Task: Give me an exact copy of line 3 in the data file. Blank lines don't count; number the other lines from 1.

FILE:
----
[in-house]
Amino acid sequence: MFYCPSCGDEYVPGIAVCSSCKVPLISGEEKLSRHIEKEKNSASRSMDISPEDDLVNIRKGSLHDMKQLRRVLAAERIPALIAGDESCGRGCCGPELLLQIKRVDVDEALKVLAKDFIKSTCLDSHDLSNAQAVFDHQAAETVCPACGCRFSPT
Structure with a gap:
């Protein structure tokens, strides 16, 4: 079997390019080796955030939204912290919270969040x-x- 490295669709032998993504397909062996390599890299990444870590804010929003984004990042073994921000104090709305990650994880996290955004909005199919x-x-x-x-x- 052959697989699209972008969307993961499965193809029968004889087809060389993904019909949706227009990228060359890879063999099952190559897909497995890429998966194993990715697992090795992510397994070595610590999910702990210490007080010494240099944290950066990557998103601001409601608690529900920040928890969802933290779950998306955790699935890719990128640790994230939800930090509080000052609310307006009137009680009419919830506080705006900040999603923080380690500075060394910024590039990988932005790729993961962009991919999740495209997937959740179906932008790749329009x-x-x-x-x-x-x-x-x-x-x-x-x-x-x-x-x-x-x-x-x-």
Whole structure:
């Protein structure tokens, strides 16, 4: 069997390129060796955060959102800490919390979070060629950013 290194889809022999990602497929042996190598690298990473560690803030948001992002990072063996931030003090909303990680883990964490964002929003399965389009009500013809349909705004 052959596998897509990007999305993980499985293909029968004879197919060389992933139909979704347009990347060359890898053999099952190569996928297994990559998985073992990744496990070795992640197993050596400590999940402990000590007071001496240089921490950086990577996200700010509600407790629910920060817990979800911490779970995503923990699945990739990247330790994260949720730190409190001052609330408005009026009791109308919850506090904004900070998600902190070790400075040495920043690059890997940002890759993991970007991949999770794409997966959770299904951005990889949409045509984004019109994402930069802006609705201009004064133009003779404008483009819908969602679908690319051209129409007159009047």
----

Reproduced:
Structure with a gap: